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Technical Metadata in the Supply Chain

As CMO Geoff Stedman explains elsewhere in the blog, metadata is the fuel that drives supply chain activities, and metadata can come from a multitude of places. Technical metadata, whether from XML or JSON files, AWS SNS or AWS SQS, whether embedded or manually entered through a Rally Gateway, can drive decision-making and determine next steps in the supply chain.

Here we look in a little more detail at common functions in the supply chain driven by technical metadata.

Metadata can be extremely useful for validation purposes when, for example, the metadata is compared with metadata in an accompanying file. It is used to hold scheduling data and determine deliveries. It can store supply chain status as it progresses, or it can store errors that are raised along the way. If an asset runs through multiple supply chains — or even multiple times through the same supply chain — a certain amount of queue handling might be required to ensure data does not get overwritten or that processes such as transcoding or QC don’t conflict with each other.

Queueing Multiple Versions

Occasionally, a Rally media supply chain will receive incremental versions of a media file in quick succession, one right after another, and those versions need to be processed in the right order. In such cases, it is useful to employ a queueing mechanism using metadata. The metadata in the first version of media will be stored in a list of items that are in process, and if a subsequent version of that media arrives while the first one is processing, it will add its own metadata to a second list that becomes the queue. Once the first version of media finishes processing, it will check the queue list: if it finds items there, it will trigger the supply chain from the start using the metadata of the second media version. This can be applied to the whole supply chain, just certain parts of the supply chain, or both.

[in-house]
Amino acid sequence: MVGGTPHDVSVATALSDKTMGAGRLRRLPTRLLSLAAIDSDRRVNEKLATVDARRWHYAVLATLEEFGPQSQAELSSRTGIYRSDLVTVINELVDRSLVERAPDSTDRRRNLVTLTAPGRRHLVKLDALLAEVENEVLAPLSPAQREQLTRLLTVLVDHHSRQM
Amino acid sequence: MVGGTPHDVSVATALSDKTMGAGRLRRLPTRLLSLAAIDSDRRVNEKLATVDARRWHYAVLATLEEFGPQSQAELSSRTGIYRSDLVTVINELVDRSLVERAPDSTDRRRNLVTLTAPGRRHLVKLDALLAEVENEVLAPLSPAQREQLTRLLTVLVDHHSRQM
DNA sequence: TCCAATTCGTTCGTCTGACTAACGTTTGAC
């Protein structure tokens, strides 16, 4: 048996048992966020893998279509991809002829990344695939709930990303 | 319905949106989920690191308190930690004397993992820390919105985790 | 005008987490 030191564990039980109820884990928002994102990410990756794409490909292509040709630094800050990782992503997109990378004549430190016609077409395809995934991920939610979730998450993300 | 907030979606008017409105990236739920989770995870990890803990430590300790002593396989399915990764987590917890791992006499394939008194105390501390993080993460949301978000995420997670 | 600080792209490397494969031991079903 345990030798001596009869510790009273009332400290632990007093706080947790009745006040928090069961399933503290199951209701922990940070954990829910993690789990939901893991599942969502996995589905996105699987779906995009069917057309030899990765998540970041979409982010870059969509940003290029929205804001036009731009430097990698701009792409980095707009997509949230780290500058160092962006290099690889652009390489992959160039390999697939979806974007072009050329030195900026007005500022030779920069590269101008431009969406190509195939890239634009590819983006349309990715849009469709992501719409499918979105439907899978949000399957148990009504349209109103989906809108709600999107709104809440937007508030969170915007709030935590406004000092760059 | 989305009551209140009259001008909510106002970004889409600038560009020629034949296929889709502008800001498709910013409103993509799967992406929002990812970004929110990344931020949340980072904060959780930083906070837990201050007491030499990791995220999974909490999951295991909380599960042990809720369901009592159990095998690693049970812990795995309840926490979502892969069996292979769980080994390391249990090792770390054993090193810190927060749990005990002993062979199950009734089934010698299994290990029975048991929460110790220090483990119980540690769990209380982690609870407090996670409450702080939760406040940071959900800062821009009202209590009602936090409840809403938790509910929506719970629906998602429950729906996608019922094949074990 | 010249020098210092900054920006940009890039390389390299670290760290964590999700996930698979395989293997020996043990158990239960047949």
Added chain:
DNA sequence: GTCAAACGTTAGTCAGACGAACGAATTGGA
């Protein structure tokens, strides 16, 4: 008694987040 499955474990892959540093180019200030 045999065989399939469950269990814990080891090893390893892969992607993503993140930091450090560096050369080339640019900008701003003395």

Some examples of metadata being used like this below:

Managing Metadata Manually

Some supply chains might require manual intervention from an operator to make decisions on next steps. One such case is when media metadata that was extracted from MediaInfo finds an unexpected value. A workorder is created, to be viewed by the operator, requiring them to make the best decision for the next step. In Rally Gateway, this workorder appears as a form with two sections of information relevant to the operator. The first section presents the media metadata extracted by MediaInfo, while the second section shows the expected required values from the JSON or XML that accompanies the media. From these sections, you can see whether those expected values match the extracted metadata.

The operator can quickly compare the two and locate mismatches between them, make any necessary corrections, and complete the workorder. From here, the supply chain resumes and continues with the appropriate step that the operator chose. A workorder and forms in Rally could look like this:

If SNS or SQS is utilized at certain points to drive the supply chain and communicate with a third-party application, the application may be required to respond back after the request is generated.  In those instances, it is a good idea to associate the requests with a unique identifier and log them in metadata. This allows a record of the response to be maintained within the supply chain.

Reach out to your Solutions Team if you want to ensure you’re getting the most out of metadata in your Rally supply chains or want to explore new ways to achieve even greater intelligence and efficiency.


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